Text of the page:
To limit crime reports in press, Chennai cops to monitor reporters

Written by Arun Janardhanan | Chennai | Updated: Sep 9 2014, 13:17pm hrs
Chennai city police have a new idea to address the increasing number of crime reports in the media: keeping a tab on crime reporters. According to an internal circular issued by the city police, four senior officials have been given the task of handling 26 print reporters from 11 media houses in the city.

The circular, a copy of which was accessed by The Indian Express, has upset the Chennai Union of Journalists (CUJ), which sent a petition to the Press Council of India (PCI) seeking action against city police commissioner S George. The union alleged that press in charge officers had been appointed despite the city police already having an in-house PR department.

A senior officer defended the move, saying that the idea was to reach out to crime reporters and keep them in good humour. However, he added, Not all officers were on board since they were told they would be pulled up if any negative report was published by reporters assigned to them. The circular was meant to be an internal arrangement, the officer said.

Another senior official said that the money allotted to the Tamil Nadu police under the category of special reward amount will be spent on the new exercise. It is an exercise in networking, lobbying and influencing reporters to make sure that the news flow can be controlled by the police, he said.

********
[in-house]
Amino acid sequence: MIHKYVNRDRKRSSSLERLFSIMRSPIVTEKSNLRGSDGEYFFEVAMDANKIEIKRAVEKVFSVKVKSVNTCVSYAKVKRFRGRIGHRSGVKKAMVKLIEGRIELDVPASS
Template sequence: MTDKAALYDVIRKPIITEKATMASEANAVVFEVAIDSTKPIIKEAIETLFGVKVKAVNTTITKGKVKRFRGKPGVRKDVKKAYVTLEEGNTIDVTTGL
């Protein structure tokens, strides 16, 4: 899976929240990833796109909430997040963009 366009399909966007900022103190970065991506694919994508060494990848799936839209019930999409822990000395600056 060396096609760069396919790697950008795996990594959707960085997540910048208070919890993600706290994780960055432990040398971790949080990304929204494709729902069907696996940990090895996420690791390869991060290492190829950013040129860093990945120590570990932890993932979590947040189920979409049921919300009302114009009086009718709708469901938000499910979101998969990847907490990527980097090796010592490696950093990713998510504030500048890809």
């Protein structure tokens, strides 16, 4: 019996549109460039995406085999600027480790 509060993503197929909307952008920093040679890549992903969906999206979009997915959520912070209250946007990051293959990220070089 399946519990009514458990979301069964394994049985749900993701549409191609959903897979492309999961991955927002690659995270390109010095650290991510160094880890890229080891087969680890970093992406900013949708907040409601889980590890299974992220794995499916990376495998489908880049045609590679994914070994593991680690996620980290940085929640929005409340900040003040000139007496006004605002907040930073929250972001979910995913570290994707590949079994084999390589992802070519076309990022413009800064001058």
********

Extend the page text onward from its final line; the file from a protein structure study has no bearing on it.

The CUJ petition said that the new system was meant to coax, cajole, bribe and bully the concerned journalists to ensure that no negative news appears in any dailies.

Placing journalists under the supervision of a police officer without their knowledge is an act of intimidation and a serious threat to free and fair journalism, said the petition sent to PCI chairman Markandey Katju.

Last month, George had called a special media briefing on crime statistics after several questions were raised in the Tamil Nadu Assembly on the increasing crime rate. According to official data, the city witnessed 85 murders in the past one year.

The police circular makes no mention of visual media journalists. The most unethical part is that they profiled these reporters without their knowledge. When there is a PR department, what is the purpose of deploying officers, that too of the rank of deputy commissioner and assistant commissioner, to handle media persons individually, said a senior journalist working with a Tamil daily.

When contacted, Chennai police joint commissioner V Varadharaju denied forming any such internal teams. We have a public relations officer and a deputy PRO, who are in charge of all PR, he said. George was not available for comment.